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Work/Life/In Focus: Women Empowerment

Author: Christina Riccioni
April, 2019 Issue

100 Years Later—Celebrating the Right to Vote


The sight of Congresswomen adorned in white at the 2019 State of the Union address was unforgettable. It was a tribute to the Suffrage movement by women in the early 20th century who wore white during demonstrations. The timing was no mere coincidence as the country approaches the 100-year anniversary of the 19th Amendment, granting women the right to vote in August 1920.

Undoubtedly, this great American achievement will be celebrated across the nation and in the North Bay.  KSRO’s Pat Kerrigan and her colleague, B Fernandez, creative director of Studio B, are at the helm of an exciting project: developing the framework for Women Empowerment 2020: WE-2020. According to Fernandez, the plan is to ring in the year of the woman like never before.

A complex history

To fully appreciate the importance of next year’s celebration, it’s critical to first understand the extensive and complex history of the American Suffrage movement. Before the enactment of the 19th Amendment, certain states, such as New Jersey in 1790, had already allowed women to vote. However in 1807, due to alleged voting fraud by men who dressed up as women to vote twice, the progressive law was slashed from the New Jersey state constitution, and women were once again faced with a challenging setback. Not easily defeated, activists, men included, continued to fight for equal rights, eventually leading the Seneca Falls Convention in 1848 in New York.

This momentous gathering resulted in the popular opinion that women deserved to have their voices recognized in the political arena. Following the Civil War and the enactments of the 14th and 15th Amendments, woman-suffrage activists pushed harder to secure the vote for women, which resulted in the establishment of the National American Women Suffrage Association. By 1910, Idaho and Utah had already granted women the right to vote, but the southern and eastern regions of the nation stood firm in opposition. Nevertheless, the activists surged forward with grit and determination, and on August 26, 1920, after a tireless struggle, history was made and the 19th Amendment was ratified.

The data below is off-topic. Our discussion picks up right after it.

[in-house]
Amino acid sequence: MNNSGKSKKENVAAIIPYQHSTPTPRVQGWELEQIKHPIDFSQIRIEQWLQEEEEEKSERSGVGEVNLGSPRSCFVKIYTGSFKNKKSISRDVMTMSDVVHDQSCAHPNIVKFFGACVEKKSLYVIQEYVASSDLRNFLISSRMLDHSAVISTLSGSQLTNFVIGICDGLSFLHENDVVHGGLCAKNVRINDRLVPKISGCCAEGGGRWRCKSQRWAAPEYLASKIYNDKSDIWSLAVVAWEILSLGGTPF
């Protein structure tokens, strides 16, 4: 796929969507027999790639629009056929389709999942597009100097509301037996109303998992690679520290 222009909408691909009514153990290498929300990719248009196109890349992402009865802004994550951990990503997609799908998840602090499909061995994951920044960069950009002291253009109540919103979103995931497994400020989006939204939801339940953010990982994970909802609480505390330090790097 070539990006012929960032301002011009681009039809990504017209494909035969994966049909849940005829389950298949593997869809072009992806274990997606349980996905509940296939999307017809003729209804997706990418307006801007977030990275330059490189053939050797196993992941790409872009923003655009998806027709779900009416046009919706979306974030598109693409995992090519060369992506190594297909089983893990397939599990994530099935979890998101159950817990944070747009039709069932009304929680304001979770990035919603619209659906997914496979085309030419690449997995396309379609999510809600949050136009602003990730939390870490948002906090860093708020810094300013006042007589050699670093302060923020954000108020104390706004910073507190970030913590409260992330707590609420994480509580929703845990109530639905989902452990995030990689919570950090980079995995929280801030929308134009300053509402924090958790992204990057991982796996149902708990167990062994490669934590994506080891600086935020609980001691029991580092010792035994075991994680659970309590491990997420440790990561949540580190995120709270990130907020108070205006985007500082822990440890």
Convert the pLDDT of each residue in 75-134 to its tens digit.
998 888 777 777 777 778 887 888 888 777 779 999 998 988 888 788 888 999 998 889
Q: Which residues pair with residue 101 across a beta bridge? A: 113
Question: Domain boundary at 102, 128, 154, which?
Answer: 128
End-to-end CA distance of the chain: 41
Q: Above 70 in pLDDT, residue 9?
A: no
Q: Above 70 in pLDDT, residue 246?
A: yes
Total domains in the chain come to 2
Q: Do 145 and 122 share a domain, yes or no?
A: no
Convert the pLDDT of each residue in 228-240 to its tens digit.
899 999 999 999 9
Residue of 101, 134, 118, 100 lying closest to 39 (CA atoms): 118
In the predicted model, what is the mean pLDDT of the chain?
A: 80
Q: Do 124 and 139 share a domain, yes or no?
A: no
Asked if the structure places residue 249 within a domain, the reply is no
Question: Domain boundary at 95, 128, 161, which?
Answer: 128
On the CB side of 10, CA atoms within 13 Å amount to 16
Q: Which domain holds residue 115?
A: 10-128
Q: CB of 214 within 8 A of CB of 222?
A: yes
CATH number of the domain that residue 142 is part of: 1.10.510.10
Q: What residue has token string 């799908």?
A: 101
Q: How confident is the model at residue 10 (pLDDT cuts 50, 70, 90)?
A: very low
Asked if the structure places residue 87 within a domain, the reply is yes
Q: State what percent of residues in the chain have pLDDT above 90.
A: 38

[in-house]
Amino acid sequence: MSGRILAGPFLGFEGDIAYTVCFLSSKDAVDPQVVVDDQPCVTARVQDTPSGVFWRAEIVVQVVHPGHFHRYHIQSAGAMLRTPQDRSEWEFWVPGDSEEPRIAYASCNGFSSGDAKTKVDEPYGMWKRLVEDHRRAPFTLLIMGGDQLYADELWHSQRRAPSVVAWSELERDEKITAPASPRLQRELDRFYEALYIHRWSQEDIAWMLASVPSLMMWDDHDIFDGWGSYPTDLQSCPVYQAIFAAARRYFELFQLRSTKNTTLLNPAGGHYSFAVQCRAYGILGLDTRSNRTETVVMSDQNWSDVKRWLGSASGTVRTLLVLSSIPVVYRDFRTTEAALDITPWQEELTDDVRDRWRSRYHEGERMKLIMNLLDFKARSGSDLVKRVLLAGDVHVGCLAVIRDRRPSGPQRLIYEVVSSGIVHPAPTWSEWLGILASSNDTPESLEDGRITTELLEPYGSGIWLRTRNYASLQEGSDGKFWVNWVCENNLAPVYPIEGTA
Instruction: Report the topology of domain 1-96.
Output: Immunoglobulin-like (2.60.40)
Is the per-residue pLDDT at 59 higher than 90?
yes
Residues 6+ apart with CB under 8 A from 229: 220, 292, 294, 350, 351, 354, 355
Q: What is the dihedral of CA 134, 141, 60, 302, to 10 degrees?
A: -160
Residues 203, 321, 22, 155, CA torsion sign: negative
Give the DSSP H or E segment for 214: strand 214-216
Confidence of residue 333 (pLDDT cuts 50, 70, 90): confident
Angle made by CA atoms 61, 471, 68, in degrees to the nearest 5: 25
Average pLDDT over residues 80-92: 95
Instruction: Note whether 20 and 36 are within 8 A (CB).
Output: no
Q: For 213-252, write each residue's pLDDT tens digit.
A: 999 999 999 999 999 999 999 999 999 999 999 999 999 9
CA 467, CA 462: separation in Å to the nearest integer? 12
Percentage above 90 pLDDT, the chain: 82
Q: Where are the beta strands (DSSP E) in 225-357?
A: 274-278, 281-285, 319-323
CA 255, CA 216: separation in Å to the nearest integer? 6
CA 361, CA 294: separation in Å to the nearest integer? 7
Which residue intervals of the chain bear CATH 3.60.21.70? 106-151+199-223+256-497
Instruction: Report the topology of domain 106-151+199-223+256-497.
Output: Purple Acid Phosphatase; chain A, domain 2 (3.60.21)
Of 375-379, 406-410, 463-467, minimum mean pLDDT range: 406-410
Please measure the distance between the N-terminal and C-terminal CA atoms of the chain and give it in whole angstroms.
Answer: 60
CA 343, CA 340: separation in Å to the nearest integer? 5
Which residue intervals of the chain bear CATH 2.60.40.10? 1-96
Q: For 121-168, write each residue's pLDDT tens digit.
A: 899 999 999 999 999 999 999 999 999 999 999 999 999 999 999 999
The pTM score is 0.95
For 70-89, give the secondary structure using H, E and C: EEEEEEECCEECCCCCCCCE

Sonoma County: WE-2020

A century later, Kerrigan and Fernandez are part of a coalition of women working to ensure the remarkable efforts of suffrage activists are rightfully commemorated. The WE-2020 project focuses on three points: honoring the past, celebrating the present and advocating for all women of the future. Sonoma County played a large role in progressing female empowerment. In 1978, the Education Task Force of the Sonoma County Commission on the Status of Women spearheaded the creation of National Women’s History Month, which is celebrated in March.

In 1979, Sonoma County resident, Molly MacGregor, founder of the National Women’s History Project, attended a gathering of fellow advocates at The Women’s History Institute at Sarah Lawrence College and initially pushed for a nationally recognized “Women’s History Week.” Later, a further effort was made to establish Women’s History Month and in 1987, Congress declared that March would be that month.

Sonoma County is primed to celebrate the great successes of our female forbearers this coming year. Kerrigan and Fernandez describe the efforts of women like MacGregor as catalysts for women empowerment. Kerrigan and Fernandez believe that women want more than a “seat at the table.” They are certain that WE-2020 will shine a light on what women have accomplished, the impact they currently have in the community, and the positive and lasting affect women empowerment will have on the future.

Currently, they’re working to give local businesses an opportunity to get involved as WE-2020 sponsors. The project will create events/programs focusing on women empowerment that will be woven through the fabric of the entire county. One important aspect of the project stressed by Kerrigan and Hernandez is that WE-2020 is not a political project, but rather a celebration that reflects women in all walks of life. WE-2020 will feature encouragement to register to vote at each location. Says Kerrigan, “Here in Sonoma County, we will set the bar as the catalyst for change. Let’s make history, again!”

Get Involved!

Join WE-2020 and be among the first women-owned, or women-friendly businesses, to sponsor programs and/or events that advocate for all women in Sonoma County. For more information, contact Fernandez at b@we2020.org, or Kerrigan at pat@we-2020.org. Events will mark the centennial nationwide.

 

 

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